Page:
For more than 30 years, students at Jacksonville High School have lit a fire to kick off home football games.

The tradition of the "Flaming J" began during the 1973-74 school year, when members of the student council built a large paper "J" to light at the Tomato Bowl stadium before a football game.

"We went to a student council convention, and they were talking about this," Lucy Derock said. "They had done something similar in Jacksonville when a man named Art Nelson was student body president, but they didn't continue it."

The students built a frame, wrapped it in diesel fuel soaked cheesecloth, lit it on fire and history was born. The tradition has continued ever since. Derock later returned to Jacksonville High School as a teacher.

"You have a whole crew that goes out and does this," she said. "That has been going on all these years. Fast forward twenty years to when I'm teaching, they wanted to build this 'J' that didn't take all this work, and the students protested. (Building it) was part of the fun and the camaraderie of the whole thing."

"Every once in a while, we've had trouble with people sneaking in and putting fireworks in it," Derock said. "We did have a problem one year when there was a burn ban, but somehow we got around it. We had to bring the fire department out. The school has always been really supportive of that tradition."

To Derock's surprise, the "Flaming J" also has become a family tradition. After she left Jacksonville ISD, both her brother and sister were student council sponsors and helped guide the students in the tradition. Her nephew, Swanson Traylor, 17, is the current student council president responsible for carrying on its legacy.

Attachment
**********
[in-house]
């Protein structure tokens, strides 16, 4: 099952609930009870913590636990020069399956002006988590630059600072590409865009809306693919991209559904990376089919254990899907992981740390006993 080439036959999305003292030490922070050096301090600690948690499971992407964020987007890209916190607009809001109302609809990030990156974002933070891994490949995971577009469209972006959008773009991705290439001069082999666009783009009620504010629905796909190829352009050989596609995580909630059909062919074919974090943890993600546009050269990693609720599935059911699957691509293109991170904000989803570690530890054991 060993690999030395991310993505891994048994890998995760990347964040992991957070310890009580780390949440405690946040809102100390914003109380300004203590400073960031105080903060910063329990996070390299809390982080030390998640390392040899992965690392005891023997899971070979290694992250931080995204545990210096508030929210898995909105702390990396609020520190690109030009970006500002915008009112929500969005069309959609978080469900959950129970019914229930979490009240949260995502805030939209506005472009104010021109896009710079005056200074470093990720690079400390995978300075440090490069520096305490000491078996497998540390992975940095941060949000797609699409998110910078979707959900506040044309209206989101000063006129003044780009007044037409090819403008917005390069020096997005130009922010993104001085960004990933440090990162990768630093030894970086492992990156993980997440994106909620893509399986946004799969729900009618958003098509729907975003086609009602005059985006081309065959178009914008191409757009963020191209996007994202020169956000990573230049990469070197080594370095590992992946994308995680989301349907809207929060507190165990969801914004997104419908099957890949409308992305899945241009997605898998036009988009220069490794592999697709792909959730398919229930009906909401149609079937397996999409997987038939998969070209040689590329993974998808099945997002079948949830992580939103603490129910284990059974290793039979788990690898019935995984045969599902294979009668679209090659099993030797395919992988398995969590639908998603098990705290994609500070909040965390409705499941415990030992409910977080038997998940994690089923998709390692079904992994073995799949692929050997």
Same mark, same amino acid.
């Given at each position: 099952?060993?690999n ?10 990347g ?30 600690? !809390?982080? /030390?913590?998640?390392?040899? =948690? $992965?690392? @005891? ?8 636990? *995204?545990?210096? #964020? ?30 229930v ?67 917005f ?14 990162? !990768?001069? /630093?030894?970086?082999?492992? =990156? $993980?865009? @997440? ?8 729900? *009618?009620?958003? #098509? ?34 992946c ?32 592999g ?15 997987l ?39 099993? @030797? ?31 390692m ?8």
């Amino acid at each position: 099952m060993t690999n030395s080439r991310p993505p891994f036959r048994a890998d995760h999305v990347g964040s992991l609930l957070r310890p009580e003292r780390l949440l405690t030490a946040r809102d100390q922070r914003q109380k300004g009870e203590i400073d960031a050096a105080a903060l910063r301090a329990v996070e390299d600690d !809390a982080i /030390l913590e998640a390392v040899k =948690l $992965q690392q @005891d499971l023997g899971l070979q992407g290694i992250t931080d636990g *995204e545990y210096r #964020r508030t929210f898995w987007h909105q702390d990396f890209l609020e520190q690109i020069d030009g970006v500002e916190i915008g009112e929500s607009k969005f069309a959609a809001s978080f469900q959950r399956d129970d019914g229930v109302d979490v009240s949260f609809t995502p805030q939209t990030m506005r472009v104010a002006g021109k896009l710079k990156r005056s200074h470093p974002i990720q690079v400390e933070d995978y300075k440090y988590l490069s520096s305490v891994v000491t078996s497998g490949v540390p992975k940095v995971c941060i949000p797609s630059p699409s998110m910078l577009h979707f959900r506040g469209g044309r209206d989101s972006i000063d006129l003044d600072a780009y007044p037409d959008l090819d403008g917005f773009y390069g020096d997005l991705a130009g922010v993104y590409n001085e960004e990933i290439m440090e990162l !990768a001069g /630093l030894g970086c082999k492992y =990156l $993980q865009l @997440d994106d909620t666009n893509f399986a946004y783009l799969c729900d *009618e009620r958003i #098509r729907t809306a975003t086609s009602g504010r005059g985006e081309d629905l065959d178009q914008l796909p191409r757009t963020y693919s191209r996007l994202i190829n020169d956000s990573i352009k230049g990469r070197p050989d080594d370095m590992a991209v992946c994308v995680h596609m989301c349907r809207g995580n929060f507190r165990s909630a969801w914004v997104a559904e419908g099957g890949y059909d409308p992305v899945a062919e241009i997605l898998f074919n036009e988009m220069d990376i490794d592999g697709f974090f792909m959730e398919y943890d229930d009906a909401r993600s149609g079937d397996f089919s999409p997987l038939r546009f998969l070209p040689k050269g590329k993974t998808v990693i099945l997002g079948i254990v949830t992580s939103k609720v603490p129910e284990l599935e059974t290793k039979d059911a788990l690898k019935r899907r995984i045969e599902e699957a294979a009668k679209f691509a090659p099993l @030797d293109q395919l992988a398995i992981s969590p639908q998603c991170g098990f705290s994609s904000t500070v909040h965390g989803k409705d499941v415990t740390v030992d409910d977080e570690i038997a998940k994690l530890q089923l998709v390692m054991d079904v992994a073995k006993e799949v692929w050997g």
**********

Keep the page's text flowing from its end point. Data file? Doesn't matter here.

"I started when I was a freshman, because my older brother who was a teacher here was the student council sponsor," Traylor said.

Traylor said the tradition has instilled the school with a unique sense of pride. For decades, students have enthusiastically volunteered their time and energy to show their support for the football team.

Traylor's younger brother, Joe, currently is a freshman and already is learning the process.

The student council members responsible for the fire even have their own uniform. Due to recent security changes at the Tomato Bowl, all students allowed on or near the field needed either a pass or uniform, so Traylor's mother decided to make the students T-shirts.

"Part of it is that it's completely unique," Traylor said. "No one else around does it."

In a special lighting ceremony before the 2015 homecoming game, the school honored members of Mrs. Derock's class.

"It was so much fun; I couldn't help smiling, because it was fun to see the same traditions and really enjoying it still," she said. "I formed such a bond with the kids that went out there with me every Friday afternoon to do it. They took such great pride lighting the J (with us at Homecoming this year)."

The Flaming J will be lit again before the game on Friday, Nov. 6, at the Tomato Bowl.

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Cory is a multimedia journalist and member of the Education Writers Association, Criminal Justice Journalists and Investigative Reporters and Editors. He has appeared on Crime Watch Daily and Grave Mysteries on Investigation Discovery.

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